The one thing that I DID tell Hadley was that the main character was a gruff, cynical farm boy. That boy was the one thing that stayed the same throughout the ten years of writing the novel, my main character, Ryder. 2. I guess we'll never know which of you is right, haha! In hindsight, do you wish you had done something differently with Witchlanders while writing it (minus cutting the reanimated zombie horse, of course)? Oh, the writing took so long! And I think that one of the reasons for that was that I kept rewriting the beginning bits instead of moving forward. I’m about a third of the way through my current WIP and I’ve just re-outlined. Now that I know what has to happen in the beginning, the temptation to go back is overwhelming—rewriting is so much easier than first-drafting!—but I know I will re-outline again after finishing the second third of the book and then again when I’m finished, so rewriting at this point is probably a waste of time. Polishing my work now will just make it harder to cut. 3. That's exactly what I'm struggling with right now—that urge to go back and rewrite the beginning gnaws at me constantly! And you know, I think you're absolutely right on how polishing stuff makes it harder to cut. Great advice! Are there people (like critique partners or beta readers) who help you stay on track and help polish your work when it is ready for a good shine? I love my writing group, which includes the wonderful Hadley Dyer, mentioned above, the playwright Paula Wing and the author Kathy Stinson. We’ve been together since April 2000 and we’re still going strong. Hadley is now the executive children’s editor at Harper Collins Canada, so I am in the very odd situation of having an editor see my early drafts! But she’s very good about keeping her life at the office separate from our workshopping. 4. Lucky you! Hadley was an AMAZING teacher in my publishing program. Now... I NEED to know... Will there be a sequel? Not right away, I’m afraid. I’d love to go back to the Witchlands someday and write something from the point of view of Falpian Caraxus, the secondary main character in Witchlanders. Right now, though, I’m working on something entirely different. 5. Well, I'll be keeping my fingers crossed that a sequel does happen! And speaking of what you're working on now...Can you tell us a bit about it? Well, I think I can spill. My next work is tentatively titled The Worlds Below and is about the four Brontë siblings. The Brontës, including Charlotte Brontë who wrote Jane Eyre and Emily Brontë who wrote Wuthering Heights, were schooled mostly at home in a remote part of England during their teens. Spurred on by each other and by the remoteness of their situation, the four of them—three girls and one boy—invented imaginary worlds, which they wrote about in great detail. The premise of my book is that those worlds were real places that they had the ability to travel to—but for a price. I’ve now traveled to the Brontë parsonage twice in order to research the book, and the last time I went I even got permission to access the Brontë archives! In short: I am becoming a real Brontë nerd. 6. Oh WOW. That sounds INCREDIBLE! The Brontë siblings travelling to different worlds? Yes please! Now, if you could travel to any time and spend a night at the pub with 3 authors, who would it be and why (and how many of them would have the last name Brontë, I wonder)? I am sorry to say that if I was at a pub with three of my favourite authors I would be too shy to say a word. I know this because I recently sat next to the science fiction writer Robert Sawyer on a plane and I didn’t say a thing. Not a thing! (He wrote the whole time, by the way, while I watched episodes of True Blood. This is why he has written twenty-two novels and I have written one.) Now, if I was pub crawling with the Brontë sisters they’d probably be even shyer than I, but interesting if I could draw them out. No offense to the sisters, though, I’m not sure they’d be my pick. I don’t see how I could pass up having a drink with Oscar Wilde if I had a chance. He’d be so witty that I wouldn’t have to say a word—I could just listen. The Brontës would have to rock, paper, scissors for who got to join us. 7. Speaking of having a drink, mix me a literary cocktail! What would make up your ideal book? Well, undiluted fantasy isn’t for everyone but I can always drink it straight. However, my favourite book is probably One Hundred Years of Solitude, which I would call: One part magic, one part puzzle, one part family tragedy and a dash of philosophy. For me, it’s the ideal book. Oooh! I'll join you for some undiluted fantasy! Thanks so much, Lena! [hr]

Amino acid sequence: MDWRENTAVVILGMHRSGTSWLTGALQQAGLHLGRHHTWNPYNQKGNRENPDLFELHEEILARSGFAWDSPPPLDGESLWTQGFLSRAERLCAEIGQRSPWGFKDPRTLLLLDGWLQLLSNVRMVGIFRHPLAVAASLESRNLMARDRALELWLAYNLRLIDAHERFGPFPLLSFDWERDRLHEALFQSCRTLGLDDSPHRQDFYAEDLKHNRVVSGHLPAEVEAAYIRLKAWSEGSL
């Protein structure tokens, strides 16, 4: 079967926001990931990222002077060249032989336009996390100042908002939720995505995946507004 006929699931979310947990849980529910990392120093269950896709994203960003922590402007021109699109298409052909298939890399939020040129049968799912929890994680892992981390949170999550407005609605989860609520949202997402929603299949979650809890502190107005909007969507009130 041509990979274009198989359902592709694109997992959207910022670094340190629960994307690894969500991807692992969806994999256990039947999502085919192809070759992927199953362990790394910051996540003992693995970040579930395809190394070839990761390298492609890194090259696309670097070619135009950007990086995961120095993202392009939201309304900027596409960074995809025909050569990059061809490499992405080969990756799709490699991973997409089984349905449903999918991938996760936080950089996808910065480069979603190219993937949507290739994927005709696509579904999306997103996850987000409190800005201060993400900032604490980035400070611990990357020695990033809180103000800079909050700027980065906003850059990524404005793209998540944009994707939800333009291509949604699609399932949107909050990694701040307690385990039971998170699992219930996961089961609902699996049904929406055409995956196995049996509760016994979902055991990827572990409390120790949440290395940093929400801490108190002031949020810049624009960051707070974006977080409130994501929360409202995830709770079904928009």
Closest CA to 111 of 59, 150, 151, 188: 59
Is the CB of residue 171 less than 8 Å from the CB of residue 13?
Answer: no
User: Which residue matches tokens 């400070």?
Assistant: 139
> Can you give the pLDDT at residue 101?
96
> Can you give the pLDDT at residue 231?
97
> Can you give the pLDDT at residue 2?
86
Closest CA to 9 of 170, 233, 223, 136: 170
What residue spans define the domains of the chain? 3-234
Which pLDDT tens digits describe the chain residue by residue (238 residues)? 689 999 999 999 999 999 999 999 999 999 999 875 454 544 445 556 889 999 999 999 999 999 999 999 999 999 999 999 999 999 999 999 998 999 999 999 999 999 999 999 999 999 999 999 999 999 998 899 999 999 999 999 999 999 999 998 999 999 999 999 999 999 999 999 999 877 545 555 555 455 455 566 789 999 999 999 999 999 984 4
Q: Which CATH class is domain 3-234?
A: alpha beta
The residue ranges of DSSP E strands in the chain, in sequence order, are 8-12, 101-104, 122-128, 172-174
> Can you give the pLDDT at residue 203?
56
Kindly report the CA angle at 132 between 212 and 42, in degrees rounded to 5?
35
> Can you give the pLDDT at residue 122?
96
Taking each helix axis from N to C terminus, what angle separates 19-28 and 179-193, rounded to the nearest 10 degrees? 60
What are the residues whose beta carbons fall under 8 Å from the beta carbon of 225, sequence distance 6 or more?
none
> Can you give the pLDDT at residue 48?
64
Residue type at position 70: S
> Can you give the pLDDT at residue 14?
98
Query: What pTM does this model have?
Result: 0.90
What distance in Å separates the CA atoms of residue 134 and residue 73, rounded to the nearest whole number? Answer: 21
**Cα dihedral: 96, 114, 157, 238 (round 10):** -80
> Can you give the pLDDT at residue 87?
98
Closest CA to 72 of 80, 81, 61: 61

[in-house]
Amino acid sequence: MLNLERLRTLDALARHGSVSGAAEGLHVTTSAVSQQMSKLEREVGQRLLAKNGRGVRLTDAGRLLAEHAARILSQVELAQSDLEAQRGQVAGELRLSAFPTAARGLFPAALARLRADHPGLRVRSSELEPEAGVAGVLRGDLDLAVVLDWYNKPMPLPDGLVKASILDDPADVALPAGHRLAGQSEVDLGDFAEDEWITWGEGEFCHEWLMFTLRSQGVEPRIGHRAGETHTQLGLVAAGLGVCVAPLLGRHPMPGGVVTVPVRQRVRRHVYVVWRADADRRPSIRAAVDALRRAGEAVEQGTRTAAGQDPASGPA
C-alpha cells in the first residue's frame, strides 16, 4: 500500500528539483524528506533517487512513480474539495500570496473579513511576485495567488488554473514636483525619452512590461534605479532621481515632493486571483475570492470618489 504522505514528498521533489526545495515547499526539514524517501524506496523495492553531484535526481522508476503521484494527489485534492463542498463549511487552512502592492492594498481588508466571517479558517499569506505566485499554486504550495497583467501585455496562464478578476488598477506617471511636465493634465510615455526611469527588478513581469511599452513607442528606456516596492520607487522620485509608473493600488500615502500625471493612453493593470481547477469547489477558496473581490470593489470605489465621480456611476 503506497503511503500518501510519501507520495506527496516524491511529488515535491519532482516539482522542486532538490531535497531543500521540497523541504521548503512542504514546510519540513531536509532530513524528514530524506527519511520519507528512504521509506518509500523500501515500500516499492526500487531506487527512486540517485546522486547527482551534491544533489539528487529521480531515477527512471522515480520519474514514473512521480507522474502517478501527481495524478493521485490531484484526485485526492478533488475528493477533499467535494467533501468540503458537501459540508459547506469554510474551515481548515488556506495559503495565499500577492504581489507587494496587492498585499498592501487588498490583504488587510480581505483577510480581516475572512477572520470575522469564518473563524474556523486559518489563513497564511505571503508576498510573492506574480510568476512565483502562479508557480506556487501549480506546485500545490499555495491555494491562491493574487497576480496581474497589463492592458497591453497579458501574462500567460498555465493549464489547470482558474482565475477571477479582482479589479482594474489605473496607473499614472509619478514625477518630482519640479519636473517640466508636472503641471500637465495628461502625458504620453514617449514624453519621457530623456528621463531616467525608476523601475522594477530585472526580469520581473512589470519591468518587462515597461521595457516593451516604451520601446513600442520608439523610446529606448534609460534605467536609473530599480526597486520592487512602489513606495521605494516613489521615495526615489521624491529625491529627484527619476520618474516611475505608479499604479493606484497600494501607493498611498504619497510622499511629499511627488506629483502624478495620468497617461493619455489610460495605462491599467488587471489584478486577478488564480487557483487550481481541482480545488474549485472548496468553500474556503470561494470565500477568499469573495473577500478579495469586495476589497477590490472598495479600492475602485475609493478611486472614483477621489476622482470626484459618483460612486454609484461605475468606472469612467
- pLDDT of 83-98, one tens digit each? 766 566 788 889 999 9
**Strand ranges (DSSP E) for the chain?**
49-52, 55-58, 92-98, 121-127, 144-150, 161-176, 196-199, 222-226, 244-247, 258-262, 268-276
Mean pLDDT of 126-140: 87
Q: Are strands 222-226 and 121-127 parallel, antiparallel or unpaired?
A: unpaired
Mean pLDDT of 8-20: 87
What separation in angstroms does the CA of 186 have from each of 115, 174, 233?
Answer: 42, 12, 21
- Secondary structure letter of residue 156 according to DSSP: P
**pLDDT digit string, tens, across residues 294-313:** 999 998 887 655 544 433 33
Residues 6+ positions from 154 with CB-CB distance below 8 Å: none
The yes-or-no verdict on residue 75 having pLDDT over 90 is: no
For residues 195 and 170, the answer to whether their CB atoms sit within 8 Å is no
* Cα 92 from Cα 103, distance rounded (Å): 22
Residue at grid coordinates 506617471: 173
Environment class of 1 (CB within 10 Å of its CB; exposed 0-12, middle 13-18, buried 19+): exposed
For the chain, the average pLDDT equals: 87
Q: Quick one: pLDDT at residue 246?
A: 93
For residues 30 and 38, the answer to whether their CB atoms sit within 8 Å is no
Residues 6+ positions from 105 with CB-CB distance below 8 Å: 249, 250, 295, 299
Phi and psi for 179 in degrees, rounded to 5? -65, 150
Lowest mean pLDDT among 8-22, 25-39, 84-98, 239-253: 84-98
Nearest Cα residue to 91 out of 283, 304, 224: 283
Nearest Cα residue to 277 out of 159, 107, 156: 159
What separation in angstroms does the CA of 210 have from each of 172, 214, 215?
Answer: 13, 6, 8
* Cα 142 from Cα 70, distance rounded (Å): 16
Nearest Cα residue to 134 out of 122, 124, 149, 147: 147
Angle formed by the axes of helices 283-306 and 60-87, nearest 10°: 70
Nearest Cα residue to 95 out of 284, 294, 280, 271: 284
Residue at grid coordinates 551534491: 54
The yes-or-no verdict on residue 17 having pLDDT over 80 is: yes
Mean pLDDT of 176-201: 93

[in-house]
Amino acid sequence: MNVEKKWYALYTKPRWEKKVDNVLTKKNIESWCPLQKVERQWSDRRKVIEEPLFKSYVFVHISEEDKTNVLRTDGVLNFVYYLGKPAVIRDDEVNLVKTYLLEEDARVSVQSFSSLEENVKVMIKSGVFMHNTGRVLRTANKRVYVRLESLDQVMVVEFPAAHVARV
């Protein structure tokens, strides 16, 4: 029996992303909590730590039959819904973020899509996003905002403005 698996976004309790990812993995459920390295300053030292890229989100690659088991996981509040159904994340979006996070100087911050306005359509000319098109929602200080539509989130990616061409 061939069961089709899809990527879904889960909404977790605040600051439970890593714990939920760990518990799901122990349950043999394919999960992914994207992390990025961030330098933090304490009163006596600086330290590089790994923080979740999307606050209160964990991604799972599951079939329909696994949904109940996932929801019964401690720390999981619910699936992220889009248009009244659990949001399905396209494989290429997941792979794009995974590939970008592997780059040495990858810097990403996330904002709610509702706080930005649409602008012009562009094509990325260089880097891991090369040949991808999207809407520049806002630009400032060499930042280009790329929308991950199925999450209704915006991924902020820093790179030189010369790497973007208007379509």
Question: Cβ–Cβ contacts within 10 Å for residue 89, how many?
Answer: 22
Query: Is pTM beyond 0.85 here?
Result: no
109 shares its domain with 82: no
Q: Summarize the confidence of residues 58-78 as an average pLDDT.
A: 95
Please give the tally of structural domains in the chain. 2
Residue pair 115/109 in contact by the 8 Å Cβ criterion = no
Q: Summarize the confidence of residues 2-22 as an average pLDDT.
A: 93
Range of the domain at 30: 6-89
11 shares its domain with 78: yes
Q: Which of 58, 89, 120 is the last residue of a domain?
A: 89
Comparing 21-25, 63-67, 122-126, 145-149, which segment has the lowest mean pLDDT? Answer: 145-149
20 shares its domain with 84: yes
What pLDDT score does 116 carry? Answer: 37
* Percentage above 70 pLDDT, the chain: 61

In honour of having Witchlanders as our Book of the Month, we're giving away a copy! And it's open internationally! Just leave a comment below telling us what imaginary world YOU would live in, and we'll contact the winner next week! a Rafflecopter giveaway [hr]
LENA COAKLEY is a full-time writer living in Toronto. Witchlanders, her first novel, has received three starred reviews and was called “one stunning teen debut” by Kirkus Reviews. It is a Junior Library Guild selection, an ABC new voices selection and an OLA Best Bet. She is also the author of two children’s picture books and the former administrative director of CANSCAIP, the Canadian Society of Children’s Authors, Illustrators and Performers.